Intervention by H.E. Ambassador Katalin Bogyay Permanent Representative at the Plenary Debate of the Ad Hoc Working Group on the Revitalization of the work of the General Assembly, 20 February 2017.
Let me start by congratulating Ambassador Drobnjak of Croatia and Ambassador Emvula of Namibia for their excellent work during the last sessions of the Ad Hoc Working Group on the Revitalization of the work of the General Assembly. I also warmly welcome Ambassador Nusseibeh in her new role as Co-Chair. It is always a pleasure to see women ambassadors taking up such important positions.
Hungary commends your leadership in this process, and I wish both of you good luck in facilitating the negotiations that will hopefully lead to the adoption of another meaningful resolution by consensus later this year.
Hungary supports the statement of the European Union and the statement made on behalf of the ACT Group as well as the statement of the Group of Friends for Gender Parity.
At the first meeting of this session, we would like to add a few remarks in our national capacity.
Before looking at this year’s challenges, it is worth to take stock of the landmark achievements of this Working Group of the last two sessions. By creating a more transparent and inclusive Secretary-General selection-process, we contributed to strengthening the United Nations’ credibility in the world and in the eyes of its people. Although there might be room for further improvements in the future, we are convinced that the increased transparency of the process and in particular the organization of the open hearings had a direct impact on the outcome and ensured that at the end the “best candidate” was selected for leading our noble organization. The decisions adopted in recent weeks by Secretary-General Guterres on, for instance, setting up the Executive Committee and restructuring the EOSG, improving coordination among different parts of the Secretariat, or strengthening the UN’s whistleblower protection policy all seem to prove that we have made the right choice.
We are also glad that in resolution 70/305, member states managed to agree on a number of measures that enhance the transparency, accountability, ethical operation and also the institutional memory of the Office of the President of the General Assembly.
While consolidating what has been achieved so far is crucial, in our view the successes of the last two years need to be used as source of inspiration and we should aim to go beyond.
We should make sure that equitable regional representation, regional rotation and gender balance are taken into account as the guiding principles when selecting new executive heads of the Organization. Hungary also shares the view that no state should have an exclusive right to fill specific posts. Senior UN officials should be selected by the SG independently, in a competitive process, and on the basis of the expertise of the candidates, while due regard being given to fair geographical distribution and to gender balance. We, therefore, commend the Secretary-General for already appointing several highly qualified female senior officials, for encouraging States to nominate candidates to certain posts in order to widen the pool of candidates, as well as for opening several SRSG and deputy SRSG posts. We encourage the SG to continue this approach and to explore what additional measures could be taken to ensure the transparency and professionalism of such processes.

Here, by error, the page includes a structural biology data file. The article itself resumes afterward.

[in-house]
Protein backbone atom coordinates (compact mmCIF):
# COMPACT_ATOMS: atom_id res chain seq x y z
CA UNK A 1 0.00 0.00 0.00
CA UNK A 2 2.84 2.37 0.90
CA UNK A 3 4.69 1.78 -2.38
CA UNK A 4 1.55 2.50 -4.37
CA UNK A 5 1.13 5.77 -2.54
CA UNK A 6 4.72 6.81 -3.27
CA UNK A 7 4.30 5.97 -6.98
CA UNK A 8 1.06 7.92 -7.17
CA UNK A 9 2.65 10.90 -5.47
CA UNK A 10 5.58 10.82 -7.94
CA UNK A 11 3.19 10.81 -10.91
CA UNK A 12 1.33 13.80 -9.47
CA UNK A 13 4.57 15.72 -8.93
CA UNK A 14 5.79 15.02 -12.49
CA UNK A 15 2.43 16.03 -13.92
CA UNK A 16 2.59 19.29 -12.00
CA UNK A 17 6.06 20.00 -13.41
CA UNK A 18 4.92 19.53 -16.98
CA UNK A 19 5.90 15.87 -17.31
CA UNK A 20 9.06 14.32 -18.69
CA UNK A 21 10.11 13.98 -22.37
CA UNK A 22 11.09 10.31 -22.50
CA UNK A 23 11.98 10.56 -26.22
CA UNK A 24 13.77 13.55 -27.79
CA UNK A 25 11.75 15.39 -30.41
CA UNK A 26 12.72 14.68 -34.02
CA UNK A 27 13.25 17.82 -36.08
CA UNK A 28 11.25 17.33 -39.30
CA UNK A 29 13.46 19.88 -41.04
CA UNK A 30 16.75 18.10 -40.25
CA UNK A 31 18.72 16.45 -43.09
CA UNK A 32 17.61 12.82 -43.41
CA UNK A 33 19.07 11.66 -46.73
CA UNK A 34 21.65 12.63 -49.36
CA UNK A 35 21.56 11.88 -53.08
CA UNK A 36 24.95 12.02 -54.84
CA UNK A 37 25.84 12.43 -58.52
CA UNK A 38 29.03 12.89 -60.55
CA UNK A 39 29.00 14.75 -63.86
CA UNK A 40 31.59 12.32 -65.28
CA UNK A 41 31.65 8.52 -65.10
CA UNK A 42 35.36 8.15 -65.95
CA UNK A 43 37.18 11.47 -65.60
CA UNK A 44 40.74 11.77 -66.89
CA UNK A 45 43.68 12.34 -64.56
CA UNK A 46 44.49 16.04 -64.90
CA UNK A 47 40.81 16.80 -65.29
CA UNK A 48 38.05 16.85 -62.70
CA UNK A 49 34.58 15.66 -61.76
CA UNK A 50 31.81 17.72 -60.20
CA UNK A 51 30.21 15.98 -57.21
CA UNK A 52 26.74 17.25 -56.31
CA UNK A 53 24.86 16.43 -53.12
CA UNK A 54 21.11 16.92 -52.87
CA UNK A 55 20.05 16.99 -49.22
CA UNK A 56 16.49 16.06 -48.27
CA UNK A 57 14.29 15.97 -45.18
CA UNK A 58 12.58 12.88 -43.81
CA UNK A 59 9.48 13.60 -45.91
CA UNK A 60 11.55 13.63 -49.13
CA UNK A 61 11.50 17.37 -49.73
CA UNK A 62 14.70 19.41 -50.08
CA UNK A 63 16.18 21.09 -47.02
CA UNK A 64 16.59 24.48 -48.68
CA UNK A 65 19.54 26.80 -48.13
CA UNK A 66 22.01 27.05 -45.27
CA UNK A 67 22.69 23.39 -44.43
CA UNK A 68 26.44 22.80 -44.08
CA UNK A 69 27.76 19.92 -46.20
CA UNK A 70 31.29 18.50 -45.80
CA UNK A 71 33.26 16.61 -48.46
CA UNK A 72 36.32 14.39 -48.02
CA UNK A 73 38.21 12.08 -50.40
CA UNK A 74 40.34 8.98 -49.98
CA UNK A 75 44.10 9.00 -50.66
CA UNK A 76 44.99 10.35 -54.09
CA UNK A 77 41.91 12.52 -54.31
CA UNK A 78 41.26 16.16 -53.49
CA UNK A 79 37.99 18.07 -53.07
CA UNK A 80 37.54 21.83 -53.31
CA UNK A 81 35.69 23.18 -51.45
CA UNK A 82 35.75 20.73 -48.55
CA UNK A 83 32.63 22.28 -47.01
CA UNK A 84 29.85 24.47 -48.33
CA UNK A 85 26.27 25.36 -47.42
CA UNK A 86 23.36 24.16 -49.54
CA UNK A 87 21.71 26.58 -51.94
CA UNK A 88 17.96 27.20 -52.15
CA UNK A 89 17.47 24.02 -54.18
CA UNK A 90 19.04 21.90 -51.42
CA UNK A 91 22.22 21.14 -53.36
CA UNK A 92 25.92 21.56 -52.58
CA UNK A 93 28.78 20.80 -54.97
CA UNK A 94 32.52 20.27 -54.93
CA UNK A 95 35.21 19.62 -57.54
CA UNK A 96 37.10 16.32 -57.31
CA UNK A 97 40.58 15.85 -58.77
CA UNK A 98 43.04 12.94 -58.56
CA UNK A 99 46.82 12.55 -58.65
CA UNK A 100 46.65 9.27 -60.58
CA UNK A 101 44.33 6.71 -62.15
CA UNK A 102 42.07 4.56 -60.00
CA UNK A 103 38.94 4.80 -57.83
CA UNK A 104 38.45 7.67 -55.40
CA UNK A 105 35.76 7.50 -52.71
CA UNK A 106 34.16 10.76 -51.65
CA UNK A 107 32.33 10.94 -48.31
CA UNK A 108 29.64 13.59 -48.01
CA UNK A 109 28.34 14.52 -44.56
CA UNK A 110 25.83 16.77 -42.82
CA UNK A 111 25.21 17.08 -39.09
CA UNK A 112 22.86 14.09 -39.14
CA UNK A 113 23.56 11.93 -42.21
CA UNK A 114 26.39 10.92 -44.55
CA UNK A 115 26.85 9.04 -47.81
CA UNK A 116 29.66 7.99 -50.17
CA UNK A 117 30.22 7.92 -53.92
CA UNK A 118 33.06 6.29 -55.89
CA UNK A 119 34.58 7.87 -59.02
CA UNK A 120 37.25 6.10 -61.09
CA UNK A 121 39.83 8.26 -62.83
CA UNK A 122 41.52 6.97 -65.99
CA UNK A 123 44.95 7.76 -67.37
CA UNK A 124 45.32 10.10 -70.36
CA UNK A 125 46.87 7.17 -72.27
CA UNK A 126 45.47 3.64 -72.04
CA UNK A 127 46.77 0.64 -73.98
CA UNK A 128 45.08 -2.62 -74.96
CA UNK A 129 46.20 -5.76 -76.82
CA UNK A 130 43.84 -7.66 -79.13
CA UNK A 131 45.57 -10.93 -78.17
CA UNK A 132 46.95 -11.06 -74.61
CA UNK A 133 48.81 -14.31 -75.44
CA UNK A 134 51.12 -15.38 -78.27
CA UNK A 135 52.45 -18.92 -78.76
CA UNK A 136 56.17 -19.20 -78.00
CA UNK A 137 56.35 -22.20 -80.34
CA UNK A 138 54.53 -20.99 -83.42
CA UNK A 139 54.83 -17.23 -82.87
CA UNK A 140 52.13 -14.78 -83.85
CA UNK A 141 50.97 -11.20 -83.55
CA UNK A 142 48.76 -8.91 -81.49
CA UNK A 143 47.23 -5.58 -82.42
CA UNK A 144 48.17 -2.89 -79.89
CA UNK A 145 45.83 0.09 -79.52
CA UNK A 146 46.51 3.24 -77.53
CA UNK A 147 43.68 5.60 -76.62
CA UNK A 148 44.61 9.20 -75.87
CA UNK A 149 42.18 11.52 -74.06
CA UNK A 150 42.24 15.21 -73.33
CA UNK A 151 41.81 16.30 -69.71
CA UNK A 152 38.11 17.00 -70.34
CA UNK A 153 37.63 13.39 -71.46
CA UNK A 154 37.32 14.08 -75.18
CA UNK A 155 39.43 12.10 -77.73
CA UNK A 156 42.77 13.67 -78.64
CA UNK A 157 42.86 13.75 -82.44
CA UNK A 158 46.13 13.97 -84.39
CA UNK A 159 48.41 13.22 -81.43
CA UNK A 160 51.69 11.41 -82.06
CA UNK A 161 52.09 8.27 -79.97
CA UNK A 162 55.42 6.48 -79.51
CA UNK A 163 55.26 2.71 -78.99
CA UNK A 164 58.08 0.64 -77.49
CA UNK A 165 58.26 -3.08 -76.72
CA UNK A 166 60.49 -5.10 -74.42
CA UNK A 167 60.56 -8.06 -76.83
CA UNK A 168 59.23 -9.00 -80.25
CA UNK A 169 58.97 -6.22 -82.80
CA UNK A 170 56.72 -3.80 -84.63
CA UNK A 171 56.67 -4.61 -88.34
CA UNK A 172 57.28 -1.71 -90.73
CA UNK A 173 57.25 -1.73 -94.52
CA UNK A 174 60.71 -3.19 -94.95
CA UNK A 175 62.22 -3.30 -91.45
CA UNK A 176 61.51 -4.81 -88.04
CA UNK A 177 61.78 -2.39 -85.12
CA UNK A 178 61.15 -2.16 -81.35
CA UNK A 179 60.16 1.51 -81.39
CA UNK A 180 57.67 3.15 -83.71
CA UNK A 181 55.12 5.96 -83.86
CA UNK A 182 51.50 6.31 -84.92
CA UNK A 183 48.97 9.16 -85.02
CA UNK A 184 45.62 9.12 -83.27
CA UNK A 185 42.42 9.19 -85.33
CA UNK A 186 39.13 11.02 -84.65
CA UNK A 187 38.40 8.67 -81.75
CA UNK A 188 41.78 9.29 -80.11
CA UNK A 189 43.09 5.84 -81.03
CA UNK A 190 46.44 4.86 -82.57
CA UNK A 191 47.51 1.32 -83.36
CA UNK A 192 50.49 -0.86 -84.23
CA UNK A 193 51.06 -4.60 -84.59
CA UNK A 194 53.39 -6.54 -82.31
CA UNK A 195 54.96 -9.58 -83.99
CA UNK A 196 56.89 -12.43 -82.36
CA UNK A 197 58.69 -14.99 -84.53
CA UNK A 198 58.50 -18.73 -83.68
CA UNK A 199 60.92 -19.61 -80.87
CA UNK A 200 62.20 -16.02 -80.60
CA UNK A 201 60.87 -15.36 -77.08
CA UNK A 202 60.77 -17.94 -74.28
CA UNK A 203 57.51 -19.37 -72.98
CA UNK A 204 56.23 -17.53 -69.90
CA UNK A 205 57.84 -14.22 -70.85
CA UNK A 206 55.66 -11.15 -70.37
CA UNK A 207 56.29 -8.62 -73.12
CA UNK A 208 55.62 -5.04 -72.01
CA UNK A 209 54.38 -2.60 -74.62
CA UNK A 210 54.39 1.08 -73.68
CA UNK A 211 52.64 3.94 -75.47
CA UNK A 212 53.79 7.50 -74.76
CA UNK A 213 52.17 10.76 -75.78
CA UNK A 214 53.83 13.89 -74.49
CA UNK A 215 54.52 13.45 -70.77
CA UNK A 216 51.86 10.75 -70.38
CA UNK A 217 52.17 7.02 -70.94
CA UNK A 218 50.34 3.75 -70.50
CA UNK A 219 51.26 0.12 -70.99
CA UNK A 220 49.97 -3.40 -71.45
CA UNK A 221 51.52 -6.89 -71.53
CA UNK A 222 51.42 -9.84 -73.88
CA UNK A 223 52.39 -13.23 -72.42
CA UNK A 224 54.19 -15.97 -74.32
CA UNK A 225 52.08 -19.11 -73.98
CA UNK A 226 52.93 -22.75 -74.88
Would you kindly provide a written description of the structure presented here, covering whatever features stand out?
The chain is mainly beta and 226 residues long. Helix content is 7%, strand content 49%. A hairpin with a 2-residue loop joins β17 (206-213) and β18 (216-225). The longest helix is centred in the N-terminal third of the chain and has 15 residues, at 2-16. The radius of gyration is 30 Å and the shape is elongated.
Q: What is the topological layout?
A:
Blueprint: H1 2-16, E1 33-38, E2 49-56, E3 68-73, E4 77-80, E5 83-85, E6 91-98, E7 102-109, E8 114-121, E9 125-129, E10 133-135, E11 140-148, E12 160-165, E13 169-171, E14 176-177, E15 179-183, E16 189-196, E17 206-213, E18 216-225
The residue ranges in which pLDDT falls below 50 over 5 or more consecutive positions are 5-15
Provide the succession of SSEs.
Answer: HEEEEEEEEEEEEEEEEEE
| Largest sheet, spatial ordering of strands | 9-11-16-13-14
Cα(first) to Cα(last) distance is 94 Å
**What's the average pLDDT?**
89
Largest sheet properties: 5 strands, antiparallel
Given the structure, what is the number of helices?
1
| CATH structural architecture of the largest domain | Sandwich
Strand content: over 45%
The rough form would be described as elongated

Hungary remains committed to further strengthening the role and authority of the General Assembly, and supports the Secretary-General in his reform aspirations.
Although countless paragraphs in various resolutions – including the one on the revitalization of the GA – emphasize the need to improve working methods of the Main Committees, there are still some serious problems that need to be tackled. Hungary will support all attempts that aim at addressing this issue and will contribute to finding ways on how to make tangible improvement in the Committees’ work. Just like following the 1956 Hungarian Revolution, last year the General Assembly once again proved that it can take action on issues of common concern to the international community, even when the Security Council was paralyzed and unable to do so. Hungary welcomed and supported the adoption of the General Assembly resolution initiated by Canada and demanding an immediate end to all hostilities in Syria and the other one initiated by Liechtenstein on the establishment of a mechanism to assist in the investigation of and prosecution for the most serious crimes under international law committed in Syria. We encourage the Ad Hoc Working Group to discuss and explore during its first thematic meeting the aforementioned cases with the intention to identify lessons learned, if any.
I thank You.